]. Skindex-16 comprises three scales to assess patient emotion, symptoms and functioning. Item responses are standardized from 0 (no effect) to 100 (maximal effect). The scale demonstrated good reliability at 72 h (r = 0.68–0.90) and internal consistency (Cronbach’s Alpha = 0.76–0.86) [
      • Chren M.M.
      • Lasek R.J.
      • Sahay A.P.
      • Sands L.P.
      Measurement properties of Skindex-16: a brief quality-of-life measure for patients with skin diseases.
      ,
      • Schmuth M.
      • Wimmer M.A.
      • Hofer S.
      • Sztankay A.
      • Weinlich G.
      • Linder D.M.
      • et al.
      Topical corticosteroid therapy for acute radiation dermatitis: a prospective, randomized, double-blind study.
      ,
      • Haley A.C.
      • Calahan C.
      • Gandhi M.
      • West D.P.
      • Rademaker A.
      • Lacouture M.E.
      Skin care management in cancer patients: an evaluation of quality of life and tolerability.
      ]. This tool has been increasing used in patients with skin toxicities caused by anti-cancer treatment [
      • Chren M.M.
      • Lasek R.J.
      • Sahay A.P.
      • Sands L.P.
      Measurement properties of Skindex-16: a brief quality-of-life measure for patients with skin diseases.
      ,
      • Schmuth M.
      • Wimmer M.A.
      • Hofer S.
      • Sztankay A.
      • Weinlich G.
      • Linder D.M.
      • et al.
      Topical corticosteroid therapy for acute radiation dermatitis: a prospective, randomized, double-blind study.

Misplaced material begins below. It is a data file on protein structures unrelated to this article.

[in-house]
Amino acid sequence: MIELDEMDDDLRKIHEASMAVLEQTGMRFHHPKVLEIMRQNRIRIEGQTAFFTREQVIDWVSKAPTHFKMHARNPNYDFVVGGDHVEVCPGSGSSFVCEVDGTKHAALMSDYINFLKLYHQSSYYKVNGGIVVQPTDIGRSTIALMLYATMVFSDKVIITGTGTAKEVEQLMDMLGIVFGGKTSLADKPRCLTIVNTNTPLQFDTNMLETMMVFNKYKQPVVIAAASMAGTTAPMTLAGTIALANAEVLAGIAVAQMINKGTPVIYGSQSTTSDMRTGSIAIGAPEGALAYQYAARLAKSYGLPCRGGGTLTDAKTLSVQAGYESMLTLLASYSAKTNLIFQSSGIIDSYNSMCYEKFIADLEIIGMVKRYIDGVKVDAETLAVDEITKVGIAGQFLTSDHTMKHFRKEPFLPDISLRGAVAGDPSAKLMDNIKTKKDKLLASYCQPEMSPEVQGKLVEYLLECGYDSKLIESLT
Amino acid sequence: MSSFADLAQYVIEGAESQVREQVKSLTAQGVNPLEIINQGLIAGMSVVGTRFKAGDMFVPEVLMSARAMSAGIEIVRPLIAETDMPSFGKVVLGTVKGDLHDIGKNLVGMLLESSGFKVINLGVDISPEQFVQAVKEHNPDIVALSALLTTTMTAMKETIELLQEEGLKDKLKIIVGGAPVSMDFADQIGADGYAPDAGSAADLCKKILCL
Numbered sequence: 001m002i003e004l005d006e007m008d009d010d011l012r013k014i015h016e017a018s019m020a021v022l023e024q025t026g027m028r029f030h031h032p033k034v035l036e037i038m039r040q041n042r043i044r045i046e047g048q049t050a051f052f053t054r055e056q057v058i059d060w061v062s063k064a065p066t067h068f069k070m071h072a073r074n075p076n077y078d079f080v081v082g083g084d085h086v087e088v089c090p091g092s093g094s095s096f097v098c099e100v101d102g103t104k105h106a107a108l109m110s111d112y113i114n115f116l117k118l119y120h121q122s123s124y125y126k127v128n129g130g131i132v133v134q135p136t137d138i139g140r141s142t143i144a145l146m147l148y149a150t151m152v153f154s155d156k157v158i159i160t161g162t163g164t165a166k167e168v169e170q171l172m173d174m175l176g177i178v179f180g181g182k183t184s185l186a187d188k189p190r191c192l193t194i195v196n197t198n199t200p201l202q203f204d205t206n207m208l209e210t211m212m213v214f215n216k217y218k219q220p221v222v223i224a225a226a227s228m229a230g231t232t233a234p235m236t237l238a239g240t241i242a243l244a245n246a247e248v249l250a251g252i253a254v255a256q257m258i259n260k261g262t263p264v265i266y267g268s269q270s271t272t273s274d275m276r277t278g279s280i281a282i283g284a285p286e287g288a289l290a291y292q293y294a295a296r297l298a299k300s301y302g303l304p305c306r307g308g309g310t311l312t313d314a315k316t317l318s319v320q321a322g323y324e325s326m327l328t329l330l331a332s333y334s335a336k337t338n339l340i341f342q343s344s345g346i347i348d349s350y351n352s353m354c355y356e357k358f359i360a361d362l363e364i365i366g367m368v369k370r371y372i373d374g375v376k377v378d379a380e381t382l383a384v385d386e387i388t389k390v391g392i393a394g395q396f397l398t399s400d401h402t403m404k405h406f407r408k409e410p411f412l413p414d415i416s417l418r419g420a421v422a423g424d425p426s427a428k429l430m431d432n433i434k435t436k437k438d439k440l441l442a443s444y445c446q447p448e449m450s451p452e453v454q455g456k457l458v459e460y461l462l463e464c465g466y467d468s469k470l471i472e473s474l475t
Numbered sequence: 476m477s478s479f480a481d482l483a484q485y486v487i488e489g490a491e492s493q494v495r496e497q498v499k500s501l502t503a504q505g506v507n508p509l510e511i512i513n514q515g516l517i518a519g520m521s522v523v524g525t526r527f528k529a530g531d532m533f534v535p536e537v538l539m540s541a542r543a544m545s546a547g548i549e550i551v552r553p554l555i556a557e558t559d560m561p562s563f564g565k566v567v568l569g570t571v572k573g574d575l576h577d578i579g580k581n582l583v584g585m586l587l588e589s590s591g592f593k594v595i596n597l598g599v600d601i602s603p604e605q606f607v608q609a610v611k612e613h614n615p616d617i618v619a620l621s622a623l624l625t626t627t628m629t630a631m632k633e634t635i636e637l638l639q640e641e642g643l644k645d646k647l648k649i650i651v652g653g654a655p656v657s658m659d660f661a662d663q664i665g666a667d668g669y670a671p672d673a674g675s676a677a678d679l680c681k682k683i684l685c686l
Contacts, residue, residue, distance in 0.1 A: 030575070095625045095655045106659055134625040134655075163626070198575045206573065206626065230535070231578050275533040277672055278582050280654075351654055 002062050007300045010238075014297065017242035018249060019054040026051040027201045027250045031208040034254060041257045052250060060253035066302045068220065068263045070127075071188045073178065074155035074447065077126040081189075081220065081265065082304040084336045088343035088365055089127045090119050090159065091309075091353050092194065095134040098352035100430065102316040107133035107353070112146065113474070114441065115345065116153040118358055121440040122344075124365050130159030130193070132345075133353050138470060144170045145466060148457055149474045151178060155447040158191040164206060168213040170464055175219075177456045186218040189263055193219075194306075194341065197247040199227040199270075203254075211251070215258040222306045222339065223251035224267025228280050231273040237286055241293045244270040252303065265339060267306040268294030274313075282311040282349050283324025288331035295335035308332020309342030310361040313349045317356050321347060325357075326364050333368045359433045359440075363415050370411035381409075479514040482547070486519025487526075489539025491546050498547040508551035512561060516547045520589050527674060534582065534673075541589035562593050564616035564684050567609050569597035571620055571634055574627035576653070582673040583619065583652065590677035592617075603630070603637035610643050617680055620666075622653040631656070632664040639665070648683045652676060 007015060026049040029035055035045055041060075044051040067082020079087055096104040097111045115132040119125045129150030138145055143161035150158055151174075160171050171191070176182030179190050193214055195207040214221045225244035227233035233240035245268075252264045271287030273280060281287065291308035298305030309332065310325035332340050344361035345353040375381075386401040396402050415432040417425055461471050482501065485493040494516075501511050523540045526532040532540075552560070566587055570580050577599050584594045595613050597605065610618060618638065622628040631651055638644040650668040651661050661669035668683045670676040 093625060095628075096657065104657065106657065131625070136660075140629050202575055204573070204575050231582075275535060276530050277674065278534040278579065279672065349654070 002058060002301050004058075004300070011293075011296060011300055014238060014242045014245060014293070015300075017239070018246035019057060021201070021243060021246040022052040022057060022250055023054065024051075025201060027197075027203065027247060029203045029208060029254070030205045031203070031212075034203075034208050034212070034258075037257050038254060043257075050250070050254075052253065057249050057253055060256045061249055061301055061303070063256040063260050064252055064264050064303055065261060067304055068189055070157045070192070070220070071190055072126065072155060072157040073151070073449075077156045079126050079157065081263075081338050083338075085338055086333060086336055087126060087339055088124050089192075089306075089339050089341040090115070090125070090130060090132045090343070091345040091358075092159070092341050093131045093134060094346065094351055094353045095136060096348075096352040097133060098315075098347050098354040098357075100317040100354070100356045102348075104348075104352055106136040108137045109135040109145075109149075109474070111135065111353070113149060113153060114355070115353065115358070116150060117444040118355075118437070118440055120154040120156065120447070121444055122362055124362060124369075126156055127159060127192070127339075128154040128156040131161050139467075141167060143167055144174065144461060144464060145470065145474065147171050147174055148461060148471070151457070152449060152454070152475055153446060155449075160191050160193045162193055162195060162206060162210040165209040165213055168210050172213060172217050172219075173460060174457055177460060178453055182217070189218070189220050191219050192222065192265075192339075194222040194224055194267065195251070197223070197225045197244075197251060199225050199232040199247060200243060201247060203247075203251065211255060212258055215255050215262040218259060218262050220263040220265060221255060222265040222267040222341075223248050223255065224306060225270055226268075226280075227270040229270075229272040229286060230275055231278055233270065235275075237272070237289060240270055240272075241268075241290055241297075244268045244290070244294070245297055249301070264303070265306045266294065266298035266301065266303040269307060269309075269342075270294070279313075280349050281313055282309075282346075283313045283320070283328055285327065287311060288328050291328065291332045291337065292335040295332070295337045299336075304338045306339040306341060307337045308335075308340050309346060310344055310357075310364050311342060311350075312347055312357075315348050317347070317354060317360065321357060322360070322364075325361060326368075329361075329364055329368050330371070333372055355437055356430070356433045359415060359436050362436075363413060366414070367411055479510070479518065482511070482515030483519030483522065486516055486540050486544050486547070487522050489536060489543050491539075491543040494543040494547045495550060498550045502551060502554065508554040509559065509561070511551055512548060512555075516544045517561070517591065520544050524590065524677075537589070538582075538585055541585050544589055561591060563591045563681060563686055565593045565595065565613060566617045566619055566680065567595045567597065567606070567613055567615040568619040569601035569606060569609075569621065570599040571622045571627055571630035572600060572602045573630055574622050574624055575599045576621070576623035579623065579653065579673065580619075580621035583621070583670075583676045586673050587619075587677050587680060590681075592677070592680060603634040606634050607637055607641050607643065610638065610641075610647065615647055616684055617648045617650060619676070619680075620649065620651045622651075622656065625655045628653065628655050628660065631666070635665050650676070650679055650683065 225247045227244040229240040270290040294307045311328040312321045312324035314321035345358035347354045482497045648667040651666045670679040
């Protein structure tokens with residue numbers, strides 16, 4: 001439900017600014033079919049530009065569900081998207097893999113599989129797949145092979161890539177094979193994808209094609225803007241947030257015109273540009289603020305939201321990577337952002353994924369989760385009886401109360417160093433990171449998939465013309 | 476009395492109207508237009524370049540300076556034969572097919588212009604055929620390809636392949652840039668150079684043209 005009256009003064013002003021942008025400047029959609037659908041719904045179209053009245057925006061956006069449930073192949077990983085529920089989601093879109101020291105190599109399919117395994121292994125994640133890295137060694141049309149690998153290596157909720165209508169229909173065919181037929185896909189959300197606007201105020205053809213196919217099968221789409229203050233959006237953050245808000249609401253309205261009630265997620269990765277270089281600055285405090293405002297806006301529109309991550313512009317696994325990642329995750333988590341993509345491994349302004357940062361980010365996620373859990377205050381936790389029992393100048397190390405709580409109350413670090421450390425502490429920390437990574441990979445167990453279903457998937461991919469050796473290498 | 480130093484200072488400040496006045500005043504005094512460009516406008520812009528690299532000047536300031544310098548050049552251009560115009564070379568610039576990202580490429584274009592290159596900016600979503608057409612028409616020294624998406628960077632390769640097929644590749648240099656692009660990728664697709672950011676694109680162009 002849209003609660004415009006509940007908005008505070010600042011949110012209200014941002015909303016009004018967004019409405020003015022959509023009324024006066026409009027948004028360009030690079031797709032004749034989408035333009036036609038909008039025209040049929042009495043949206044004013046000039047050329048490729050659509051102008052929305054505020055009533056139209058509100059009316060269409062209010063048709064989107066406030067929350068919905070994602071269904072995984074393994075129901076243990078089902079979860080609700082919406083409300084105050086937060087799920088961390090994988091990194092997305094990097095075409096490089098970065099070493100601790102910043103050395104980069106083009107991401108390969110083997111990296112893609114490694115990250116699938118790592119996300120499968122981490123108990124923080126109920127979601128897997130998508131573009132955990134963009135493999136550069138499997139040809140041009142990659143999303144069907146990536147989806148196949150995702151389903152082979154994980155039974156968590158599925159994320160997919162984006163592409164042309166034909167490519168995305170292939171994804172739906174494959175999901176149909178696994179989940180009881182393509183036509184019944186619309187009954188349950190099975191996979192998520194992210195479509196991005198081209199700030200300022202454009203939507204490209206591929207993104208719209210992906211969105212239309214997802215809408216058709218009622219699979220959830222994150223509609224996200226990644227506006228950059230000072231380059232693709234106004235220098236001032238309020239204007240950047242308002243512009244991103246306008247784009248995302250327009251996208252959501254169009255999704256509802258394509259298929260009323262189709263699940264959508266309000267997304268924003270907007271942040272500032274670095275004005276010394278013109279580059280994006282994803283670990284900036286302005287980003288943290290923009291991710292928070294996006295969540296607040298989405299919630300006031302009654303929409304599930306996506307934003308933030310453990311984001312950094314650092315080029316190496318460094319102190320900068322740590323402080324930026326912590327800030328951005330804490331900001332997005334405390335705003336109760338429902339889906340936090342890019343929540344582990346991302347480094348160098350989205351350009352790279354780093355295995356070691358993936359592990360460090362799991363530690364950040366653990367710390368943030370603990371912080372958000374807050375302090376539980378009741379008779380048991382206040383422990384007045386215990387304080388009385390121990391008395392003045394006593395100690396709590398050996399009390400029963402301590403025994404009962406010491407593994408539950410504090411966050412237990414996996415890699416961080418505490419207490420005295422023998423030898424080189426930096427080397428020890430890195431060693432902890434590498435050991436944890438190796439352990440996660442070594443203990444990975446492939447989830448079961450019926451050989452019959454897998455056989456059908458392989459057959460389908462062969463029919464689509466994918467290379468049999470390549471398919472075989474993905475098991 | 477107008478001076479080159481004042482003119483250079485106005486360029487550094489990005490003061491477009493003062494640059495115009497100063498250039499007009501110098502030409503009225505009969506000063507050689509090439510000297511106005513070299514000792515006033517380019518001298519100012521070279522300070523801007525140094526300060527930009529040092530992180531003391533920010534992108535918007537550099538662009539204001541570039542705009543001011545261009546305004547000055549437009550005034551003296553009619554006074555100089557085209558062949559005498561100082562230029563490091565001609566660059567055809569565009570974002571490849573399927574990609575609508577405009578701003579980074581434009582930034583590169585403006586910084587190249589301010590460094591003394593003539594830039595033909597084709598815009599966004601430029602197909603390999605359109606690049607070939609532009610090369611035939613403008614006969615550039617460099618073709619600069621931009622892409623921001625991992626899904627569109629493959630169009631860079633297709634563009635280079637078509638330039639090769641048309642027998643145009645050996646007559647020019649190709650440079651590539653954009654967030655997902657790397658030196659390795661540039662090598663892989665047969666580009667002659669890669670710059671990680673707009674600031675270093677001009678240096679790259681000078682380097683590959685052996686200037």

,
      • Haley A.C.
      • Calahan C.
      • Gandhi M.
      • West D.P.
      • Rademaker A.
      • Lacouture M.E.
      Skin care management in cancer patients: an evaluation of quality of life and tolerability.
      ].

      Modified brief pain Inventory and itching

      This study used three measures from the Brief Pain Inventory (BPI), those of the average, best, and worst pain, and pain relief scores from the preceding seven days [
      • Cleeland C.
      Measurement of pain by subjective report.
      ]. The participants were asked to rate their pain level at the irradiated area. The time of interest of the original BPI was modified from “the past 24 h” to “the past 7 days” for the specific purpose of this study. The BPI was selected as it is a brief and easy tool for the assessment of pain within both the clinical and research settings. It has been well validated in both chronic pain and cancer settings. The scale of 0 to 10 is simple for patients to use and is commonly used in the clinical assessment of pain. Itching was scored on a numeric analogue scale of 0–10 in the treated skin (0 = no itching at all), (10 = itching as bad as you can imagine).

      Treatment interruptions and adverse events

      Although RD-related treatment interruptions are expected to be rare, any interruptions caused by RD were documented throughout the study (Yes/No). This decision was determined by the treating medical officers. Any adverse events (i.e., allergic reactions from the allocated treatment) were assessed by the Research Nurse weekly and recorded on the clinical research forms. Due to the nature of the intervention, no serious adverse events related to the trial products were expected in this trial.